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Wednesday, September 08, 2004

By now, you've probably heard of either a) the new Kitty Kelley book, 2) the newly surfacing evidence that Bush shorted the government on his service in the National Guard, or 3) both. I'm not sure how this hurts Bush in the long term, since most of this stuff has been tried already, and I'm sure after the drubbing taken by Kerry in the last few weeks, anything is worth a shot.

Ironically, I think most people would rather hear about the candidates' records in government than in the military. The military records that should be most considered are the ones pertaining to the candidates now. That is to say, the man best for the job should be determined by what positions he has championed legislatively. Kerry's refusal to fund the Iraq war does not bode well for him in that regard. Even his staunchest supporters don't really know where he stands on this, or many other, issues.

The reason these angles are not taken by the mainstream press is simple. They largely endorse the candidacy of John Kerry (and many have admitted to that fact), and to analyse the candidates on those records would not be to their advantage. Realistically, the best chance John Kerry has to attain victory is to show the President to be a war-dodging deserter, while showing himself to be a patriot.

Thus, we have the reports on 60 Minutes II tonight. One could almost see the glee on Dan Rather's face as he reported the "exclusive evidence attained by CBS News". Moreover, one cannot ignore another fact: when similar information arises about the "preferred" candidate, the media buries it until it can no longer do so. Allegations directed toward the "other" candidate, however, draw the immediate attention of the mainstream media, to the point where they almost trip over themselves reporting it.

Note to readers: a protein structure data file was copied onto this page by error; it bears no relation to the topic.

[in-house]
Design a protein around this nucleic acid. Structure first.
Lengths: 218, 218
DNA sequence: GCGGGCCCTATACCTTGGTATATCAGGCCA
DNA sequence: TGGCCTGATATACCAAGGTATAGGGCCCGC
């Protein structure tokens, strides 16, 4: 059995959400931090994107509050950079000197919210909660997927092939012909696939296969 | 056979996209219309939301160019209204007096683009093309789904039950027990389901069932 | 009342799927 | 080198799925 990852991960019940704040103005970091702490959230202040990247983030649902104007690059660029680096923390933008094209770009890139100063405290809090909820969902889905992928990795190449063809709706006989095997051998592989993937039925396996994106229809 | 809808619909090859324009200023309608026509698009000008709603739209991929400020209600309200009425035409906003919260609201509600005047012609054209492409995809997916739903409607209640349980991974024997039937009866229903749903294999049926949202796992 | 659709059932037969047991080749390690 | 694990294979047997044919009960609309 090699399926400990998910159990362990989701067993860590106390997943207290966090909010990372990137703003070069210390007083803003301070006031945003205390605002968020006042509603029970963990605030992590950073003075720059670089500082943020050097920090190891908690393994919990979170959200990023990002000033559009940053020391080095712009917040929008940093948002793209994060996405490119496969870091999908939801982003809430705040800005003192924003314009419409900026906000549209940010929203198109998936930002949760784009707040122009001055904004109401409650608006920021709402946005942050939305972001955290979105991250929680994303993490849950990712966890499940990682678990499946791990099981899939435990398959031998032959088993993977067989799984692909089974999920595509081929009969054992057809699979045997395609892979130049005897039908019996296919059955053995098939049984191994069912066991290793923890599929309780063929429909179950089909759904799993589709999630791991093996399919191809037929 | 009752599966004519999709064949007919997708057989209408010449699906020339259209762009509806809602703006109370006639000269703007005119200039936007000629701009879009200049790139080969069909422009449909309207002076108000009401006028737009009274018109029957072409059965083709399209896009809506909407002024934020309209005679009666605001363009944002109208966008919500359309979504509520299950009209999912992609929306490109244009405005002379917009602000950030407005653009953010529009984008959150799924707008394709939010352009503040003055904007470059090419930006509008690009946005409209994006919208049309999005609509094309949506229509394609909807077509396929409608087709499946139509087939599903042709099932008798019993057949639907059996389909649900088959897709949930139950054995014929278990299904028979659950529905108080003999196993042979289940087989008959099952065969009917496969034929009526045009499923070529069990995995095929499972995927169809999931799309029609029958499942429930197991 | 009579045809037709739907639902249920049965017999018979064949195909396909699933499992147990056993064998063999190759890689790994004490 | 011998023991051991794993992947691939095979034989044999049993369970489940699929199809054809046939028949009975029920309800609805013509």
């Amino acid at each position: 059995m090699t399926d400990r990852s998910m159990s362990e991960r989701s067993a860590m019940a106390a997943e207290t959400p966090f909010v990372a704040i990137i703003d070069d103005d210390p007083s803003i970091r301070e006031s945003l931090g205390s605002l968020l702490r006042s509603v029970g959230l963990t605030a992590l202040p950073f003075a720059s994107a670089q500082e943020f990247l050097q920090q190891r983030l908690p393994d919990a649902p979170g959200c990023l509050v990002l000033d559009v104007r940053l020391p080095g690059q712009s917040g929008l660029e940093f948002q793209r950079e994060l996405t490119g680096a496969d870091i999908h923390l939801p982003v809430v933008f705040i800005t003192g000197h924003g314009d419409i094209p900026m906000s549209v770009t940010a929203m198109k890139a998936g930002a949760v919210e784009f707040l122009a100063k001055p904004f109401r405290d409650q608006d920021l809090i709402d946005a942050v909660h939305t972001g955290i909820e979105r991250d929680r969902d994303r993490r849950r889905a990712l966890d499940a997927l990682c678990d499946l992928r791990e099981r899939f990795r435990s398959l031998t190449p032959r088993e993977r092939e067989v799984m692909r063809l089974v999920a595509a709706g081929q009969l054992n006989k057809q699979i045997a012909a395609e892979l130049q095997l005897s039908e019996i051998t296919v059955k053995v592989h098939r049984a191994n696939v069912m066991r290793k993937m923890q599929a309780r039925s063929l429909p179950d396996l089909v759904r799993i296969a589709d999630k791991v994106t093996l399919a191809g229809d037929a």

In reality, the allegations of Bush drug use by Ms. Kelley, the CBS report, and even the book by the Swift Boat Veterans for Truth will do little damage. Most Americans have already embraced a candidate for one reason or another. Undecideds do not get involved until late in the game, and those who have can only come to one conclusion: the mudslinging is unbearable, childish, trite, and enhances neither candidate.

As for myself, I decided long ago that I would vote for George W. Bush because of his record regarding taxes, Social Security privatization, vouchers, and, most importantly, the prosecution of the war on terror. Kerry's record on those issues largely diverges from the President's. Thus, the choice for me is a simple one. The military records of either candidate have no bearing on that choice. I would venture a guess that most voters feel the same way.

MORE: Rex Hammock, who blogs more about the world of publishing than about politics, says "Enough already". This seems to reflect the general mood of the public as far as I can tell. Even here in Connecticut, a largely Democratic state, the people with whom I work who are ardent partisans say the same thing.


.: posted by Dave 7:53 PM

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